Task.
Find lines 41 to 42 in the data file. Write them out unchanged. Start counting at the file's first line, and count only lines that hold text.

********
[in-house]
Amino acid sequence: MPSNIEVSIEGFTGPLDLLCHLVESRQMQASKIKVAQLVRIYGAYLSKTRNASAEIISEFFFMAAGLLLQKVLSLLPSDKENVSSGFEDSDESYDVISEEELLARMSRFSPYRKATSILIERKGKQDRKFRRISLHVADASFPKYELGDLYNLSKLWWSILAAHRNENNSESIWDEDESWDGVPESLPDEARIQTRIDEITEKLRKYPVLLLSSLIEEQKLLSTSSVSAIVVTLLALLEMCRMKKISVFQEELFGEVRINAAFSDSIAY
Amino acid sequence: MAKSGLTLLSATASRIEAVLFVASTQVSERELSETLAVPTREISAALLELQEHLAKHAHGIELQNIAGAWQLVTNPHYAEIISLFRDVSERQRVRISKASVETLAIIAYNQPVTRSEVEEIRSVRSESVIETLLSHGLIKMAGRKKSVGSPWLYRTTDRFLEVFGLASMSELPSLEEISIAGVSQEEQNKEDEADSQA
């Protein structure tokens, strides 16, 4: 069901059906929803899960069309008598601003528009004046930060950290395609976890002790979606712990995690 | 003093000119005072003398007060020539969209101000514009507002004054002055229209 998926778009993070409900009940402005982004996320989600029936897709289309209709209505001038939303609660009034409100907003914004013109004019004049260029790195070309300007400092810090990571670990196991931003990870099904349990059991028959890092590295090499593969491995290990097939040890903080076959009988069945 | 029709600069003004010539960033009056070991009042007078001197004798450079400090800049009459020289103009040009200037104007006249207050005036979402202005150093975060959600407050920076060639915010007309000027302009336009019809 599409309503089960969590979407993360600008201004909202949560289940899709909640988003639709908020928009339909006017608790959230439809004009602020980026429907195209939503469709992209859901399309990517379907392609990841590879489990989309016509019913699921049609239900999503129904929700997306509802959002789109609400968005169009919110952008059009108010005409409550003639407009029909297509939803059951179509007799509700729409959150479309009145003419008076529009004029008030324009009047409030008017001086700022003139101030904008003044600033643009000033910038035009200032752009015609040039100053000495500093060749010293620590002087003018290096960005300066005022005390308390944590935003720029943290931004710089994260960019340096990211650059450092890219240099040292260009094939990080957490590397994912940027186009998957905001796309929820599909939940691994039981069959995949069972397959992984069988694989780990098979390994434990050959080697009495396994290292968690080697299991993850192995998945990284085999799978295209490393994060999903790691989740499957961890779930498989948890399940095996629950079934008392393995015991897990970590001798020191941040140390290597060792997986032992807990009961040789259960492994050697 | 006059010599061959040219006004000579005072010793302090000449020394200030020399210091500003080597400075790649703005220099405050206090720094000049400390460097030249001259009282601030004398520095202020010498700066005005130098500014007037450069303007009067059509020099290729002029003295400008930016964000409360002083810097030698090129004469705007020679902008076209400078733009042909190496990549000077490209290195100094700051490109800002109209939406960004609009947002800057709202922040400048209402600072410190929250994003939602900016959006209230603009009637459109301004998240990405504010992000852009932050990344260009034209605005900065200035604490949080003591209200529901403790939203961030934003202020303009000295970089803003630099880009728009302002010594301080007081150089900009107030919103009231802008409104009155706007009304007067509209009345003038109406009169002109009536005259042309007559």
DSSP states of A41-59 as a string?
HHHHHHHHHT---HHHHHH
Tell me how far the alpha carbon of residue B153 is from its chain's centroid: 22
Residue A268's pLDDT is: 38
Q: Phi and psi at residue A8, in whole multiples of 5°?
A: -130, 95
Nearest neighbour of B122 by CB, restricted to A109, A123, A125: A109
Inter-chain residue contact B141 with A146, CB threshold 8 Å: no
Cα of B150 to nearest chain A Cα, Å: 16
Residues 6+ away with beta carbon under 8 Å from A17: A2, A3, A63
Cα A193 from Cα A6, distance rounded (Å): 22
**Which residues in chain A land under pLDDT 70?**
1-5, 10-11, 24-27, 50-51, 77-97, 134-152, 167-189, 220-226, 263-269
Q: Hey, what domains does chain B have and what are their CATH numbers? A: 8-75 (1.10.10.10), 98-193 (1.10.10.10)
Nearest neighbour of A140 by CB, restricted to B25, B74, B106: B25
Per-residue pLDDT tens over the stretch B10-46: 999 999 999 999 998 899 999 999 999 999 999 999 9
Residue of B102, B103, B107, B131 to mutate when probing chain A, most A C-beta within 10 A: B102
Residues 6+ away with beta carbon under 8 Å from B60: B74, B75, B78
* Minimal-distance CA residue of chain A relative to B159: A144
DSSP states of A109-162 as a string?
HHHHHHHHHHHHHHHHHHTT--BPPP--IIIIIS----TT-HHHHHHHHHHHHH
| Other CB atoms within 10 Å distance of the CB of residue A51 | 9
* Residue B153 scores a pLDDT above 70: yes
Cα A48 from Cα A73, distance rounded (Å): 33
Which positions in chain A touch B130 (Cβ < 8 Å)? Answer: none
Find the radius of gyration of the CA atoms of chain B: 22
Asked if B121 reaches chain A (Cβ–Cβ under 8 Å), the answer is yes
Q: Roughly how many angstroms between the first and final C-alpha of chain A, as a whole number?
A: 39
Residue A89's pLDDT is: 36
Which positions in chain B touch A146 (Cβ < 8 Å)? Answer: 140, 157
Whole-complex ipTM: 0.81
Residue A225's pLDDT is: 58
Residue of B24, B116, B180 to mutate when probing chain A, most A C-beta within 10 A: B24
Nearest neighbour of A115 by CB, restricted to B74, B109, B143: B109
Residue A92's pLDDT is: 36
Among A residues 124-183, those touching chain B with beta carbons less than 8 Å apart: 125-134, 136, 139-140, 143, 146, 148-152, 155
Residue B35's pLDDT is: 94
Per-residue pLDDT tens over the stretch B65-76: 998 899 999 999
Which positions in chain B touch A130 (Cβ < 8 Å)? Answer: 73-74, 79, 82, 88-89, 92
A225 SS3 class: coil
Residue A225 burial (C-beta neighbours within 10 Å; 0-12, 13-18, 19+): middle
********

Among A residues 124-183, those touching chain B with beta carbons less than 8 Å apart: 125-134, 136, 139-140, 143, 146, 148-152, 155
Residue B35's pLDDT is: 94